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  8. Locke on Empirical Knowledge.Nathan Rockwood - 2018 - History of Philosophy Quarterly 35 (4).
    This paper explores two related issues concerning Locke’s account of epistemic justification for empirical knowledge. One issue concerns the degree of justification needed for empirical knowledge. Commentators almost universally take Locke to hold a fallibilist account of justification, whereas I argue that Locke accepts infallibilism. A second issue concerns the nature of justification. Many (though not all) commentators take Locke to have a thoroughly internalist conception of justification for empirical knowledge, whereas I argue that he has a (partly) externalist conception (...)
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  9.  21
    Internalism and Externalism in Early Modern Epistemology.Nathan Rockwood - 2023 - Ergo: An Open Access Journal of Philosophy 10.
    Do Descartes, Locke, and Hume have an internalist or externalist view of epistemic justification? Internalism is, roughly, the view that a belief that p is justified by a mental state, such as the awareness of evidence. By contrast, externalism is, roughly, the view that a belief that p is justified by facts about the belief-forming process, such as the reliability of the belief-forming process. I argue that they all think that the awareness of evidence is required for justification, but none (...)
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  10. Secondary Qualities as Dispositions.Nathan Rockwood - 2020 - Locke Studies 20.
    In this paper I will defend the view that, according to Locke, secondary qualities are dispositions to produce sensations in us. Although this view is widely attributed to Locke, this interpretation needs defending for two reasons. First, commentators often assume that secondary qualities are dispositional properties because Locke calls them “powers” to produce sensations. However, primary qualities are also powers, so the powers locution is insufficient grounds for justifying the dispositionalist interpretation. Second, if secondary qualities are dispositional properties then objects (...)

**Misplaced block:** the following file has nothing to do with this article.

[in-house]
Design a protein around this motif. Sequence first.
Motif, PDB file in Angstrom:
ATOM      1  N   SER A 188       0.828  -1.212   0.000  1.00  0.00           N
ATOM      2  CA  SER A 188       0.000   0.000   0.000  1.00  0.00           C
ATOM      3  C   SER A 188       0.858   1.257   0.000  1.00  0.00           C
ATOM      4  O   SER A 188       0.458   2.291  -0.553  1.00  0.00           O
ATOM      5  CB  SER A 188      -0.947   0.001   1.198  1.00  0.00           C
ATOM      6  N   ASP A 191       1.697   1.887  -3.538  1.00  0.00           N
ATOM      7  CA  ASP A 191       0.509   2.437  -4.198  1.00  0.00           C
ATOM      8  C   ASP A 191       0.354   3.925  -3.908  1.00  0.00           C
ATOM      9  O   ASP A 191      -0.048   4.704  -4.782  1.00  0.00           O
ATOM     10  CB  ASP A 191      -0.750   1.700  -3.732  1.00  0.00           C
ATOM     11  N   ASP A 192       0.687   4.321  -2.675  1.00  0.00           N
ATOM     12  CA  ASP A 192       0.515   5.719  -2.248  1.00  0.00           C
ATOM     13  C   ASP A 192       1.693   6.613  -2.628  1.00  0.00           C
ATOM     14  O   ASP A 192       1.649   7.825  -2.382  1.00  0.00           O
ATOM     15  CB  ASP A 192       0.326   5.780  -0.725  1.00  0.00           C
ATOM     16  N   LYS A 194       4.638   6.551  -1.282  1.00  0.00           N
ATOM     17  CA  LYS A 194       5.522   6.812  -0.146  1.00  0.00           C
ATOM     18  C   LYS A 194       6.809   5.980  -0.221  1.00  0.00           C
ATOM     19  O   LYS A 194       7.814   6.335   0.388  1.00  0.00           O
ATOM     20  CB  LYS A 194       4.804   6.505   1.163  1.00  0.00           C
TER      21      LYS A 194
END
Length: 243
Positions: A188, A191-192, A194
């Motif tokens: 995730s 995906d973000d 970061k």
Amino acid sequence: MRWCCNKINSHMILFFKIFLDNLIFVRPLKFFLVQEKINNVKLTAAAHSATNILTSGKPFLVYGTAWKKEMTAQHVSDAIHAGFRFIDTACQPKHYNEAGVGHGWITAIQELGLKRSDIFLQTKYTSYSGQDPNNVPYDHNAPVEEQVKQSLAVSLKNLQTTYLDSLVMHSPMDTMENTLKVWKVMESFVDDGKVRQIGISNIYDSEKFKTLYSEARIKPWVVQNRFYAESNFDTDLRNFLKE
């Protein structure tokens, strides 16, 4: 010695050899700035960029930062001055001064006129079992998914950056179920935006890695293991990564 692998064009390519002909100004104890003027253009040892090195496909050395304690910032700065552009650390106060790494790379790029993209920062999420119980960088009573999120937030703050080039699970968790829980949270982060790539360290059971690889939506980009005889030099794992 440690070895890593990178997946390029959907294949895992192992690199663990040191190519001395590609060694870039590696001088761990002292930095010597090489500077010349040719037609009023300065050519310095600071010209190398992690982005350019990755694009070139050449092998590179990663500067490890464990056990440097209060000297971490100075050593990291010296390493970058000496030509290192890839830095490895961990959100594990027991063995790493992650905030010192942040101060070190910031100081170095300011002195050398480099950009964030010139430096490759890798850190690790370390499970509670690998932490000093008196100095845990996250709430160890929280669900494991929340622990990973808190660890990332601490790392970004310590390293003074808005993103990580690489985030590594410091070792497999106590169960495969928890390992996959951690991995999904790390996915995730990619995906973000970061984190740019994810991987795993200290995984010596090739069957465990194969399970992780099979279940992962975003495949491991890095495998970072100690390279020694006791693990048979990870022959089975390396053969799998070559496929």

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  11. Foreknowledge Without Determinism.Nathan Rockwood - 2019 - Sophia 58 (2):103-113.
    A number of philosophers and theologians have argued that if God has knowledge of future human actions then human agents cannot be free. This argument rests on the assumption that, since God is essentially omniscient, God cannot be wrong about what human agents will do. It is this assumption that I challenge in this paper. My aim is to develop an interpretation of God’s essential omniscience according to which God can be wrong even though God never is wrong. If this (...)
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  12.  72
    Locke and Hume on Competing Miracles.Nathan Rockwood - forthcoming - Religious Studies:1-15.
    Christian apologists argue that the testimony of the miracles of Jesus provide evidence for Christianity. Hume tries to undermine this argument by pointing out that miracles are said to occur in other religious traditions and so miracles do not give us reason to believe in Christianity over the alternatives. Thus, competing miracles act as an undercutting defeater for the argument from miracles for Christianity. Yet, before Hume, Locke responds to this kind of objection, and in this paper I explain and (...)
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  13. Review of Jacovides's Image of the World.Nathan Rockwood - 2018 - Locke Studies 18.
    The overarching theme of Locke’s Image of the World, by Michael Jacovides, is that Locke’s belief in the best science of his day shapes his philosophy in important ways. Jacovides contends that “by understanding the scientific background to Locke’s thoughts, we can better understand his work” (1), including both his positions and his arguments for those positions. To a lesser extent, Jacovides’s book also treats Locke as a case study in thinking about how much scientific theory should influence philosophy. While (...)
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  14.  41
    Locke: Epistemology.Nathan Rockwood - 2021 - Internet Encyclopedia of Philosophy.
    Locke: Epistemology John Locke, one of the founders of British Empiricism, is famous for insisting that all our ideas come from experience and for emphasizing the need for empirical evidence. He develops his empiricist epistemology in An Essay Concerning Human understanding, which greatly influenced later empiricists such as George Berkeley and David Hume. In … Continue reading Locke: Epistemology →.